lifestyle

Distressed moms and dads on Japanese trains getting help from child assistance volunteer badges

6 Comments
By Casey Baseel, SoraNews24

While Japan’s quick and punctual trains make getting around the country incredibly easy if you’re an adult, getting from Point A to Point B is a lot more difficult if you’ve got a baby who’s crying, fussy, or otherwise suddenly in need of extra attention. Trying to give a baby a bottle while balancing necessary shopping bags on your knees, pick up a shoe that a tyke pulled off and tossed onto the train floor as the carriage shakes and sways, or soothingly rock a panicking infant while also keeping a firm grip on a stroller so that it doesn’t roll away can all be nightmares, especially in a country like Japan where not causing problems for other people is a cornerstone of traditional etiquette.

But recently, some troubled moms and dads have been happy to spot other passengers displaying this emblem clipped to their bags or clothes.

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Called the hoiku (child care) mark, they’re a sign that the bearer is ready and willing to help parents who’re having a hard time while riding the rails with small kids. The hoiku mark’s creators say they were inspired by seeing a mother on a train struggling to comfort her bawling baby, and wishing there were some way to automatically let parents in similar distress know that help was available. They settled on the idea of badges, similar to Japan’s pregnancy badges, which both indicate that the bearer is approaching the parent to offer help, not chastise them for their unruly child, and also to get around Japanese people’s society-wide reluctance to ask strangers for help, for fear of bothering them.

We spoke with Saya Takemoto, a childcare worker in Toyama Prefecture who’s part of the effort to increase the awareness, and use, of the hoiku mark and the thoughtful initiative.

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Saya Takemoto

Initially, Takemoto informs us, the badges were only available to people currently and directly employed in the childcare industry, such as day care staff or preschool teachers. However, this stance was eventually softened, since you don’t necessarily need professional-grade training to lend a quick helping hand to a parent in distress.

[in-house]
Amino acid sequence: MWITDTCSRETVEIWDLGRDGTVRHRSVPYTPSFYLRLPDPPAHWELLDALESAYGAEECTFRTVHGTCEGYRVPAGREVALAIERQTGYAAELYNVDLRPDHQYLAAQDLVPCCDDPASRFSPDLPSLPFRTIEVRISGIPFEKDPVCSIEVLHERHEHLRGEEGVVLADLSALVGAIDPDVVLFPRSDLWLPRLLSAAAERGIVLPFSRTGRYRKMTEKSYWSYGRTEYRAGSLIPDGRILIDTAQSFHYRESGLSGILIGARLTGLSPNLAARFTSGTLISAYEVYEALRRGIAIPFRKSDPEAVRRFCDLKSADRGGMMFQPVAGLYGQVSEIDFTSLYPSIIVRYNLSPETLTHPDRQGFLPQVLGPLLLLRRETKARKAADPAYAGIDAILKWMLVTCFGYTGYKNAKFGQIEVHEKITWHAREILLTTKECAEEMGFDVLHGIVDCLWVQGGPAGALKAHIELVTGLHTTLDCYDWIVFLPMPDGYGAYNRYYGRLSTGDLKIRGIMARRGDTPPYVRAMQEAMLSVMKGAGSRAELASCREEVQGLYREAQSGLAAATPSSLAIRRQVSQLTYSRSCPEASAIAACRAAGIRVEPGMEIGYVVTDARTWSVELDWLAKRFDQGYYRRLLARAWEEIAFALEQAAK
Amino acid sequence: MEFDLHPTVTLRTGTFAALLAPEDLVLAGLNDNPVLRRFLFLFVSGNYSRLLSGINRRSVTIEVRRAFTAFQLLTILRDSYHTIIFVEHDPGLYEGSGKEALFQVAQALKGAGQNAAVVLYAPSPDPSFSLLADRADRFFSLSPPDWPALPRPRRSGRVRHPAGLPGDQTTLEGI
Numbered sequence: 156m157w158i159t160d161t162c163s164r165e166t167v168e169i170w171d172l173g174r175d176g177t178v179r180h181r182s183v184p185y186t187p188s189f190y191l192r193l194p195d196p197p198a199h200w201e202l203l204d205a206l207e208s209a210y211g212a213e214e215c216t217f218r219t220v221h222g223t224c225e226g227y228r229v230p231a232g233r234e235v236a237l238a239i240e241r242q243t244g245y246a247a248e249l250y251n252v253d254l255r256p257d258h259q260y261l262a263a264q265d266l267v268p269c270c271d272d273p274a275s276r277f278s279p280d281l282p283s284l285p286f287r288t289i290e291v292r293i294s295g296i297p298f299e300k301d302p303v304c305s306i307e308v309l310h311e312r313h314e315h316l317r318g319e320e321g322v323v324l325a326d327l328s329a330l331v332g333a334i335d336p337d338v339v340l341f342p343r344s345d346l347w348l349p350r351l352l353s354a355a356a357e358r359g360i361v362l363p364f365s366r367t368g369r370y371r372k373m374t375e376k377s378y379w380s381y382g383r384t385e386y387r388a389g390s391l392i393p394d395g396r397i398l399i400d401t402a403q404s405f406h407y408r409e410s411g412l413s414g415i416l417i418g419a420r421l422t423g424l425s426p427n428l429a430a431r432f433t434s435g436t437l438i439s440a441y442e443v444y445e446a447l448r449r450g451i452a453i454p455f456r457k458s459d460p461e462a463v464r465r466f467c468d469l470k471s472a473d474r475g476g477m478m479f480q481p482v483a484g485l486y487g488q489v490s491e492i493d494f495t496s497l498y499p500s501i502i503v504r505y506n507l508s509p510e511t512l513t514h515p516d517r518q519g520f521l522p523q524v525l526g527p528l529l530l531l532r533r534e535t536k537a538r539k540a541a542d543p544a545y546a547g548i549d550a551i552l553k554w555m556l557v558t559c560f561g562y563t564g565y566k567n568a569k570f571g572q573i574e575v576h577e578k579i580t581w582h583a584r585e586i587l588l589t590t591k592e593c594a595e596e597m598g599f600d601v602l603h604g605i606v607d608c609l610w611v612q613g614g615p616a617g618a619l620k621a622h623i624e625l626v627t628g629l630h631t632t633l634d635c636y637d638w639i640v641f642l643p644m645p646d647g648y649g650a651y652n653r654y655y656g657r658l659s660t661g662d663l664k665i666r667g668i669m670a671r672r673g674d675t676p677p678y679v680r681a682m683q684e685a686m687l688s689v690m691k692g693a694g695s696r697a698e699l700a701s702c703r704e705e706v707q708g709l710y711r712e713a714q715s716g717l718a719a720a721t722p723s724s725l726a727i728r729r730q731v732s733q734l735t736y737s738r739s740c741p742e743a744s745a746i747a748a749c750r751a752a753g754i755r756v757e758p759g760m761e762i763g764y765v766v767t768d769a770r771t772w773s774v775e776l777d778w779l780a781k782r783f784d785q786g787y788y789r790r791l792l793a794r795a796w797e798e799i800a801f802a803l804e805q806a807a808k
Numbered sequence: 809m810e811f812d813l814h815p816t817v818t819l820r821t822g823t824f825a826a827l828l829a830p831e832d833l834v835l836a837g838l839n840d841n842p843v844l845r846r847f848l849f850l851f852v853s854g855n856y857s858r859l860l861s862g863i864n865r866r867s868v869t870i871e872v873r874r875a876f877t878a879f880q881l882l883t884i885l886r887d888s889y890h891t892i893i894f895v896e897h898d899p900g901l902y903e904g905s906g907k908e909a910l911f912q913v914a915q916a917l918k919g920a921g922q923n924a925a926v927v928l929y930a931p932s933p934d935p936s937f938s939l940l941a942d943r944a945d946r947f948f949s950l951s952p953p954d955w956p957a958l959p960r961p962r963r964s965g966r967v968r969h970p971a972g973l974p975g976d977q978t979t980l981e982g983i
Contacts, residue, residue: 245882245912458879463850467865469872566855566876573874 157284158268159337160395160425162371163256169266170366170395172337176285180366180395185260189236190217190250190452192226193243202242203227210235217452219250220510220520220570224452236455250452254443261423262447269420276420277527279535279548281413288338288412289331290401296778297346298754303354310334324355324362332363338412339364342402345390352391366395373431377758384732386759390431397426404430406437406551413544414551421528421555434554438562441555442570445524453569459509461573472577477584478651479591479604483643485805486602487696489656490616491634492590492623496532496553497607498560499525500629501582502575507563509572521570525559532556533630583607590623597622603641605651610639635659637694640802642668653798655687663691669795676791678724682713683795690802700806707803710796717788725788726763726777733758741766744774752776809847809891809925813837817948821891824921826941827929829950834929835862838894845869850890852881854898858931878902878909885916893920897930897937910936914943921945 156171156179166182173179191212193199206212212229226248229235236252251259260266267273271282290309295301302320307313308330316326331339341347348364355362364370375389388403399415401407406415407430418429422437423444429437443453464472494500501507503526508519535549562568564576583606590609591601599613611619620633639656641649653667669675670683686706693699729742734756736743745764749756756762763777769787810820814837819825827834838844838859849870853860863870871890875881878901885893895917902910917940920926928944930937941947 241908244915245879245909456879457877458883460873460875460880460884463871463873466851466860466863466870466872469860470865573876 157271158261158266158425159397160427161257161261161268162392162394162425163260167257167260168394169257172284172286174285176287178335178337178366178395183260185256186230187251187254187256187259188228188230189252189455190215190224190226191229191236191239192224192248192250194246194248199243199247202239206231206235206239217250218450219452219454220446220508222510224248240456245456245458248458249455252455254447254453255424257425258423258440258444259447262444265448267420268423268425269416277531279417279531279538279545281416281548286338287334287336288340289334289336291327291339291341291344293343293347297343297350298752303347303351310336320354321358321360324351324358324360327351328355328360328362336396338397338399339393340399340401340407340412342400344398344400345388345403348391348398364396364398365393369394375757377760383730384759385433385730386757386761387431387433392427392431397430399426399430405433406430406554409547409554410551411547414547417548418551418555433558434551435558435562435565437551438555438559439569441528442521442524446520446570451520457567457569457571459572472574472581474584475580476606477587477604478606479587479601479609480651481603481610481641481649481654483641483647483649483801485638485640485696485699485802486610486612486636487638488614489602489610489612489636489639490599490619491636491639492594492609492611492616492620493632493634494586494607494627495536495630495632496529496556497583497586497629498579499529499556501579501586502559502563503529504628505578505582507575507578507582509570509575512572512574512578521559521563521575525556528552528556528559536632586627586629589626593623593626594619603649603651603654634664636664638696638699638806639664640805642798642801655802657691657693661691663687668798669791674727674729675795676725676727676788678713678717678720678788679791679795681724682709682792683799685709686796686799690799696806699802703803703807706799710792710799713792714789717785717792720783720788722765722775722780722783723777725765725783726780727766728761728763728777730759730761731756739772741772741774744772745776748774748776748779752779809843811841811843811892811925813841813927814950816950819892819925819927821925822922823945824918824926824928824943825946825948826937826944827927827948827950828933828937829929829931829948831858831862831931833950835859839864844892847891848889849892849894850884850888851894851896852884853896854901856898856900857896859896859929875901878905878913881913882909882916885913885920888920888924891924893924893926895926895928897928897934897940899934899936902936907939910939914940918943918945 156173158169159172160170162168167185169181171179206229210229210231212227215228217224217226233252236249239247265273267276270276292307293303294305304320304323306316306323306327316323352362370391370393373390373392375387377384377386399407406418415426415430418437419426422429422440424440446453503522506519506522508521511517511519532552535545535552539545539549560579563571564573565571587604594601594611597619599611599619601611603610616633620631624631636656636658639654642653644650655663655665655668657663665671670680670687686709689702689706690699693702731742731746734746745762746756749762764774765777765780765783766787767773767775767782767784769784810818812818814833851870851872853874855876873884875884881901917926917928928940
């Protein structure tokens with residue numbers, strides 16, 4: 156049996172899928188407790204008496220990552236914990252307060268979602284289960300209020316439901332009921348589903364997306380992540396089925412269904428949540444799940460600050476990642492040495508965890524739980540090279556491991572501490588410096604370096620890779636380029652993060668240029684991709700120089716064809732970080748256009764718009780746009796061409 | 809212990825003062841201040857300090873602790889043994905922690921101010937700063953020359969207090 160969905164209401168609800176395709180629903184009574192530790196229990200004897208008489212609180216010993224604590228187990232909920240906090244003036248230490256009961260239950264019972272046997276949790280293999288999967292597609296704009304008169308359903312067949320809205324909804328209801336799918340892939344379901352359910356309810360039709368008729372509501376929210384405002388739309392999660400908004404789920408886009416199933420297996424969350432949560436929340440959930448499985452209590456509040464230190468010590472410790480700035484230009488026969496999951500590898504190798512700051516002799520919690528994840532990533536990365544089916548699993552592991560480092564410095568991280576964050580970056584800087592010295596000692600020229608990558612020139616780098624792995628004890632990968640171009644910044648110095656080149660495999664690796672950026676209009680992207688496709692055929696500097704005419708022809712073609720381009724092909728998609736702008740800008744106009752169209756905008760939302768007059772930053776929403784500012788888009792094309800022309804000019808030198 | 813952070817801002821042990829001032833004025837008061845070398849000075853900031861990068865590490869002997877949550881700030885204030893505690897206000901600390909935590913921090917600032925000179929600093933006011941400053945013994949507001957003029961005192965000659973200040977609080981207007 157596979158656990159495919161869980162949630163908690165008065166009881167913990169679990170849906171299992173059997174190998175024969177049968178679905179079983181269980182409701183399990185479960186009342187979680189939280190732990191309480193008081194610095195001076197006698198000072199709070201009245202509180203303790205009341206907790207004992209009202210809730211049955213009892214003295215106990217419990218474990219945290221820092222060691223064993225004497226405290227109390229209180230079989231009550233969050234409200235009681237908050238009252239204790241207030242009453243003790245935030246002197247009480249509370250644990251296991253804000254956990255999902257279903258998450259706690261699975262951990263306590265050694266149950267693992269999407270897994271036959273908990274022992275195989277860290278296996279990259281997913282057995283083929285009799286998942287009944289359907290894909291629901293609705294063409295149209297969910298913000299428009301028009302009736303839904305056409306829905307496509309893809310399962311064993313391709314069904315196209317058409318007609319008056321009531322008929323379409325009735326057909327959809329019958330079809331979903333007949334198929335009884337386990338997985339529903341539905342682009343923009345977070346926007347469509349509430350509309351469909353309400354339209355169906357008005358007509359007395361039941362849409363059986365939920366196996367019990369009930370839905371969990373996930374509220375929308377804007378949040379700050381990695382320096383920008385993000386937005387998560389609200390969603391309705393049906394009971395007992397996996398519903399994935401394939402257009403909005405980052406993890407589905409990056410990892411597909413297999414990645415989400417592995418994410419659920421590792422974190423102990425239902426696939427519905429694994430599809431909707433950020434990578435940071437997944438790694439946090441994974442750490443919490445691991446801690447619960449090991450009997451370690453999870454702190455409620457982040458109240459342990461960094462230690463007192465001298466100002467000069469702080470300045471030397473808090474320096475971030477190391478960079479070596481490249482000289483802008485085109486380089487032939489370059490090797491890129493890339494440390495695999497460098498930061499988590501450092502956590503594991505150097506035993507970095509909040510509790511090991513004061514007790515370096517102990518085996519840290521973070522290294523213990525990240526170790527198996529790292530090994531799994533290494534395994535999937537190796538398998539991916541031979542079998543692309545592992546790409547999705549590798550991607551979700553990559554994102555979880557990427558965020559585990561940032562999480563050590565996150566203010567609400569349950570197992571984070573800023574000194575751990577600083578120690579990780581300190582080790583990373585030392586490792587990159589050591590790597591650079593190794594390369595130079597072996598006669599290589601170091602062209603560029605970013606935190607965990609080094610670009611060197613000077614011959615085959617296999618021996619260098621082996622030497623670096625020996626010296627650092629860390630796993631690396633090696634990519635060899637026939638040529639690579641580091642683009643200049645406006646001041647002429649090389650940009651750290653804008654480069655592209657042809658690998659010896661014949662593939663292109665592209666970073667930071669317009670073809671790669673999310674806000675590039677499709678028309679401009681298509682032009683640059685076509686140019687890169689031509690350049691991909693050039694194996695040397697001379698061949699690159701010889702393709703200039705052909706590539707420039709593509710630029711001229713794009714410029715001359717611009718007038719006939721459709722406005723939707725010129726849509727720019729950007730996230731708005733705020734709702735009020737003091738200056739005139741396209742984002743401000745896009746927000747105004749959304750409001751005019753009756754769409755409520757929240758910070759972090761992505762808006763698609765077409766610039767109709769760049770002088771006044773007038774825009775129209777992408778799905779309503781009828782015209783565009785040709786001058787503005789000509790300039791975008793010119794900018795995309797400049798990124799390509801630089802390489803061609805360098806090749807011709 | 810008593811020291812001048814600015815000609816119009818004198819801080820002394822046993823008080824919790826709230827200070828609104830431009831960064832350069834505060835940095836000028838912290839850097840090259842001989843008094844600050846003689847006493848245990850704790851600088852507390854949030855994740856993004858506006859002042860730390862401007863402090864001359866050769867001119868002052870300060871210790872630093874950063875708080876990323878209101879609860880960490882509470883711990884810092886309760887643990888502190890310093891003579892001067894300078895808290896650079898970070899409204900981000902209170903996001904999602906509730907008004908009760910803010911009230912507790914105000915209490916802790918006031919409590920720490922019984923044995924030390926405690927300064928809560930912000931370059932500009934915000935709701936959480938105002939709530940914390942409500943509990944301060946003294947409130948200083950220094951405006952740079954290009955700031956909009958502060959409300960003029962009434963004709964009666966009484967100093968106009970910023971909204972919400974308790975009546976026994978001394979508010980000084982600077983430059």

The organization doesn’t just go handing the badges out willy-nilly to anyone who wants one, though. Under the new system, the organization periodically holds interviews for applicants, and the badges are given to those who demonstrate a genuine willingness to help others and make society a better place.

Takemoto says that at first the demand for badges was higher in the countryside, where the interpersonal sense of community tends to be stronger, even between strangers, than in the big city. The badges’ use is slowly spreading in Tokyo, though, and now they can be seen in Niigata, Aichi, Toyama, Saga, and Hyogo prefectures as well.

But while the group is obviously happy to see more people displaying the badges Takemoto says that they eventually hope for them to disappear, after having helped create a society where being willing to help, and parents not feeling reluctant to accept such help, is just a matter of course. Until that day comes, though, the hoiku mark is here to help.

Related: Hoiku mark official website

Read more stories from SoraNews24.

-- What’s the real meaning of Japan’s “burning tofu” emoji?

-- Show off your badge collection and plushies in this wacky customisable sweater from Japan

-- 6 surprising things about having a baby in Japan

© SoraNews24

©2019 GPlusMedia Inc.

6 Comments
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This is a nice idea.

My town made a sticker for cars, it's calling PICKUP. I can pickup people from a to b for free. I am not a taxi. It's mostly for old people.

1 ( +1 / -0 )

Never seen a parent with a problem child in Japan - I'd be interested as to why this service would be needed.

-8 ( +0 / -8 )

@Andrew Crisp

Never seen a parent with a problem child in Japan - I'd be interested as to why this service would be needed.

You're joking right? Or have you not been in Japan longer than a month?

In the real world, sorry, I don't trust strangers to deal with my child, especially on public transport. Too many weird people around. If my child was being especially unruly, I just get off the train until they calm down. Luckily I was blessed with a child that loves riding trains. I can see being overwhelmed by like, your baby crying on a train but in that situation do you really want to involve a stranger?

People need to just be more tolerant of children. The most frustrating thing about being a parent is the judgement, the comments, the looks and the aggression from the public just from children being children. No, not children acting insane, but just BEING CHILDREN. A few years ago I saw a mom get scolded on a train for making her baby laugh while the baby was in her carrier. She was like touching her nose and it kept making the baby giggle or something and some old woman scolded her for making noise on the train. Like ffs just get over yourselves already.

3 ( +5 / -2 )

I mostly travel with the kids by car, but from my experiences with trains in Japan, it is sad that such service is necessary, as nicely put in the last paragraph of the article. Why is it so hard for people to be nice?

2 ( +2 / -0 )

Why don’t we just learn to speak with another human being and ask for help, say excuse me, etc.

Its not like that will be hurting Japan to do it more.

2 ( +2 / -0 )

Great idea.

It does seem the screening process for handing these out is flimsy and they might end up in the wrong hands. I'd suggest going back to limiting them to approved groups of people like teachers, nurses, medical staff etc.

Japan needs more of this community spirit. Well done.

0 ( +0 / -0 )

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